by Thomas King
Chosen by Canada Reads (1)
This book won the 2014 RBC Taylor Prize. A member of this jury said: “Histories of North America’s Native Peoples abound, but few are as subversive, entertaining, well-researched, hilarious, enraging, and finally as hopeful as this very personal take on our long relationship with the “inconvenient” Indian" (CBC News, march 10, 2014. Retrievec, February 06 2015 from: http://www.cbc.ca/news/arts/thomas-king-wins-25k-rbc-taylor-prize-for-non-fiction-1.2566943
Rich with dark and light, pain and magic, The Inconvenient Indian distills the insights gleaned from Thomas King's critical and personal meditation on what it means to be "Indian" in North America, weaving the curiously circular tale of the relationship between non-Natives and Natives in the centuries since the two first encountered each other. In the process, King refashions old stories about historical events and figures, takes a sideways look at film and pop culture, relates his own complex experiences with activism, and articulates a deep and revolutionary understanding of the cumulative effects of ever-shifting laws and treaties on Native peoples and lands.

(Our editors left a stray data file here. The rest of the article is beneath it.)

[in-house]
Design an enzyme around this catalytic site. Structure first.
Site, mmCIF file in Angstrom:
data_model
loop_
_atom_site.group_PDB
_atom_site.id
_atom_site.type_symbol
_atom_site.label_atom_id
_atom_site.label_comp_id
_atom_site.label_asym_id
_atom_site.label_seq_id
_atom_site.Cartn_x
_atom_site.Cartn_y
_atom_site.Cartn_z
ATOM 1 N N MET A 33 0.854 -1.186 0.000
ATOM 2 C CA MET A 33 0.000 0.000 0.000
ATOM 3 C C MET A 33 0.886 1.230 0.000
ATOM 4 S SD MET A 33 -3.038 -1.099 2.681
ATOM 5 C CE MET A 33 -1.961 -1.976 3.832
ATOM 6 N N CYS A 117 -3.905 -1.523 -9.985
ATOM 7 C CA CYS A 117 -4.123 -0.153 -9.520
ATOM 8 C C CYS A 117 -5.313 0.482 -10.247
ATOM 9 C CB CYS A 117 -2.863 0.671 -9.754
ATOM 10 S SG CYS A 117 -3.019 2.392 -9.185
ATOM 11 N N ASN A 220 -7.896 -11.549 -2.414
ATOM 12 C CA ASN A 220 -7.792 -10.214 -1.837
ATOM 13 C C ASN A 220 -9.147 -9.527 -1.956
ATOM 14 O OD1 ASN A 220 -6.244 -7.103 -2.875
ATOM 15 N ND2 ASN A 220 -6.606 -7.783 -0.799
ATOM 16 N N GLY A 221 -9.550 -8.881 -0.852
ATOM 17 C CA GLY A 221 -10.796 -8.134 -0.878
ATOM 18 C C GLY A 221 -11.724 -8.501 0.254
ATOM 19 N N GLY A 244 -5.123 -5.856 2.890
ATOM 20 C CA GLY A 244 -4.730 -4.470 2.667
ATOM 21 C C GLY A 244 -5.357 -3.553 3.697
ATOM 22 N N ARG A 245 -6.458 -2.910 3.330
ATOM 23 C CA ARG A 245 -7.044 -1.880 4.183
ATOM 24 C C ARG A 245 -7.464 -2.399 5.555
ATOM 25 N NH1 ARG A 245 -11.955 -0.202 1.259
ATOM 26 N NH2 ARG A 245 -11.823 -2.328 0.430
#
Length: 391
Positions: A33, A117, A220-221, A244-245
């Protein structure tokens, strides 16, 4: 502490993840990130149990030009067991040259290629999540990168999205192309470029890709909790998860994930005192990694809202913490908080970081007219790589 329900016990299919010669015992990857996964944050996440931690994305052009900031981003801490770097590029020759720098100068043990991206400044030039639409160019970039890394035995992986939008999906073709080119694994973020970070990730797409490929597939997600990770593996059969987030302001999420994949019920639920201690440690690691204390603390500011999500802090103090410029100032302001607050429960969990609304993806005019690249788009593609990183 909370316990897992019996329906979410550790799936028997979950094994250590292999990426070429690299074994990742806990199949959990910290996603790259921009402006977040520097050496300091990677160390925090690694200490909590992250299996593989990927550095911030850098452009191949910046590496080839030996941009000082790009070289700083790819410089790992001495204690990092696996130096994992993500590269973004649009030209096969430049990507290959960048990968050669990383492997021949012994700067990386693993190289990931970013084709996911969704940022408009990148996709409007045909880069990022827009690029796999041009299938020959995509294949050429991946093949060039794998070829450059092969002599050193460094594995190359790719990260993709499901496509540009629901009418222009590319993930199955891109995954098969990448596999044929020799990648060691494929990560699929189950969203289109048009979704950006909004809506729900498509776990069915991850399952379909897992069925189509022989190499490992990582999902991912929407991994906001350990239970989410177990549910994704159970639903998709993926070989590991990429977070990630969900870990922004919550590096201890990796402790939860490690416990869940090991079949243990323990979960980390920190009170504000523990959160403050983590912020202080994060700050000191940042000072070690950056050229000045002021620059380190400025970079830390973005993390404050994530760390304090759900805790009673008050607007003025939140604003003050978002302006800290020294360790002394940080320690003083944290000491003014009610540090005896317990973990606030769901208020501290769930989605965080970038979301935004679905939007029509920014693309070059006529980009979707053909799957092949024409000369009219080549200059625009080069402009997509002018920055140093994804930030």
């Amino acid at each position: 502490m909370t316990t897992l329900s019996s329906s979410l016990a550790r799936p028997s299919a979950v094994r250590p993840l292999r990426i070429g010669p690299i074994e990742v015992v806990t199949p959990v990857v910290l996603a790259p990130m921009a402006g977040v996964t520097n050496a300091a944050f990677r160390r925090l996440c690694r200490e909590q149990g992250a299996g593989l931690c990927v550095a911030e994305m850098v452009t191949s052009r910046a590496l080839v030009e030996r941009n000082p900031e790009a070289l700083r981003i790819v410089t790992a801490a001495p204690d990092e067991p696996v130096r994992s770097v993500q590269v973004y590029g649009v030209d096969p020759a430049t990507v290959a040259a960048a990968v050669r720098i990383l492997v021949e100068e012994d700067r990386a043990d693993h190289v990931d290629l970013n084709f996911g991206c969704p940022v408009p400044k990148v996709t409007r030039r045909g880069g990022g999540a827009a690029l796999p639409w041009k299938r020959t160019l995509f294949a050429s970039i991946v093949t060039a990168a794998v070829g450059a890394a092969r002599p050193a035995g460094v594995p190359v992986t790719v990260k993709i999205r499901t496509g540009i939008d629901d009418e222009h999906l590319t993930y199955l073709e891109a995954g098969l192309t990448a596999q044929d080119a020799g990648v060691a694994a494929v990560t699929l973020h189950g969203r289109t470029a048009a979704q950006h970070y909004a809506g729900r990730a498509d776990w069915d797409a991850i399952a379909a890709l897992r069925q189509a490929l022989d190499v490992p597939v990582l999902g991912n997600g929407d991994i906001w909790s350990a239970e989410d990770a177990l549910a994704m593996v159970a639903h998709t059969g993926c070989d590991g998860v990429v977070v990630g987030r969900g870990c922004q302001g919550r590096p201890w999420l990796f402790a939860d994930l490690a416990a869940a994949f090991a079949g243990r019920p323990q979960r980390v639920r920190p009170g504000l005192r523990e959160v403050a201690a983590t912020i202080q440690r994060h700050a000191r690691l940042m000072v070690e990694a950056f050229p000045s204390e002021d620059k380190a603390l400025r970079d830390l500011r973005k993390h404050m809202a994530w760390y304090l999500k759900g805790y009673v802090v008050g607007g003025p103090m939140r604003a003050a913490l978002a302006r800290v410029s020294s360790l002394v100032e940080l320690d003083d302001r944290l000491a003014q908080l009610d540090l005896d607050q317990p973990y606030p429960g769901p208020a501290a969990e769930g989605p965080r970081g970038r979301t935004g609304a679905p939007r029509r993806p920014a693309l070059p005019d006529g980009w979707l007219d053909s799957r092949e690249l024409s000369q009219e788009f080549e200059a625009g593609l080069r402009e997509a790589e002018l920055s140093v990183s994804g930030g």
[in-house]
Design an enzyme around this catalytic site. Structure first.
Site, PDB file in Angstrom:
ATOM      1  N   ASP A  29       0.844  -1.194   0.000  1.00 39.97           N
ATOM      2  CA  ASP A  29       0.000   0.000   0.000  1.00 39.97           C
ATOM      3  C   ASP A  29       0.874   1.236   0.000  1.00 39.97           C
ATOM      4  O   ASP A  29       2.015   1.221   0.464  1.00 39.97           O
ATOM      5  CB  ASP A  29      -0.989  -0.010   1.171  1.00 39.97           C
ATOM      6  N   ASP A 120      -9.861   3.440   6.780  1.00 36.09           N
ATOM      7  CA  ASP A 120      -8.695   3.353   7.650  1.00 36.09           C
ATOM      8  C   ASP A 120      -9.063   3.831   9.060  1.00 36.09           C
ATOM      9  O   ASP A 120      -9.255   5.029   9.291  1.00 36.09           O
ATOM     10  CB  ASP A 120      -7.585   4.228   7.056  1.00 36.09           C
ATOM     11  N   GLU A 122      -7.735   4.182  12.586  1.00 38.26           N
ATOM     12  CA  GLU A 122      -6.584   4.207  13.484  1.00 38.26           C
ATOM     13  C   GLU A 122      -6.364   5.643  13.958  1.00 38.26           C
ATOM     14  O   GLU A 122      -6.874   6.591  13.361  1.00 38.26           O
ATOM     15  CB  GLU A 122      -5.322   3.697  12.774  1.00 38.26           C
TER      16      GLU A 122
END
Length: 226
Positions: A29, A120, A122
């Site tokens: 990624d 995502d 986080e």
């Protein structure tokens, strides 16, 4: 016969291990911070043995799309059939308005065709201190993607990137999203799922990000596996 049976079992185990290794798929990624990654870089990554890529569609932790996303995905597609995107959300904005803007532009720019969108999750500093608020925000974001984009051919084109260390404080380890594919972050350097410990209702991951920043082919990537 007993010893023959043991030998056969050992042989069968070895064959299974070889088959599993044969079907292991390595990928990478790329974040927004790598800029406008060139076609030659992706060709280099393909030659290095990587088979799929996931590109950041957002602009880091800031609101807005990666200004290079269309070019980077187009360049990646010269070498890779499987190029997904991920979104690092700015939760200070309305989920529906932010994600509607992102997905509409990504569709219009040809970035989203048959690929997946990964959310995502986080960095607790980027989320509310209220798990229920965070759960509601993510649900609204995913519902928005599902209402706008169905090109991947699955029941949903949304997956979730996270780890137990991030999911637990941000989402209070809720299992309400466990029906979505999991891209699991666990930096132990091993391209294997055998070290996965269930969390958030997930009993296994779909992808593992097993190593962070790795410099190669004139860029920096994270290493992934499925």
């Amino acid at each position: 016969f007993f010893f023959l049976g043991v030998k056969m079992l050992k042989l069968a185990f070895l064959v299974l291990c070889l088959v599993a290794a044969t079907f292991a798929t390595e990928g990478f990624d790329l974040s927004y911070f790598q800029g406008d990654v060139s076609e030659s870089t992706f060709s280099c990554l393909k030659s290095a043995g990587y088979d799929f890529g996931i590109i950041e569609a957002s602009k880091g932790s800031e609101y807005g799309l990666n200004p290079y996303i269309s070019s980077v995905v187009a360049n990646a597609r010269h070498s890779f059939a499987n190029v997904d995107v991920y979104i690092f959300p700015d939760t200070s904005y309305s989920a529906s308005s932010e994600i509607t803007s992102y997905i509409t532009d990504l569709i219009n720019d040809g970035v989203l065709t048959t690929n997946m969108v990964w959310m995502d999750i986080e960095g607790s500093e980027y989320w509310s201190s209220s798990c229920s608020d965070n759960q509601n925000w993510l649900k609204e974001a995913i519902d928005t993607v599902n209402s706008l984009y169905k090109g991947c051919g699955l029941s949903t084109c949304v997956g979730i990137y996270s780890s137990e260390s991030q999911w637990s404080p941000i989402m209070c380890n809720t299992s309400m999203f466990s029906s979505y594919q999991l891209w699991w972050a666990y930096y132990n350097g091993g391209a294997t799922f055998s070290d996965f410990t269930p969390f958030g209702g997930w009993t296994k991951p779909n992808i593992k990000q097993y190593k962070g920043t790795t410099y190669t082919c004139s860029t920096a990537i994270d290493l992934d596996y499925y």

This is a book both timeless and timely, burnished with anger but tempered by wit, and ultimately a hard-won offering of hope--a sometimes inconvenient but nonetheless indispensable account for all of us, Indian and non-Indian alike, seeking to understand how we might tell a new story for the future.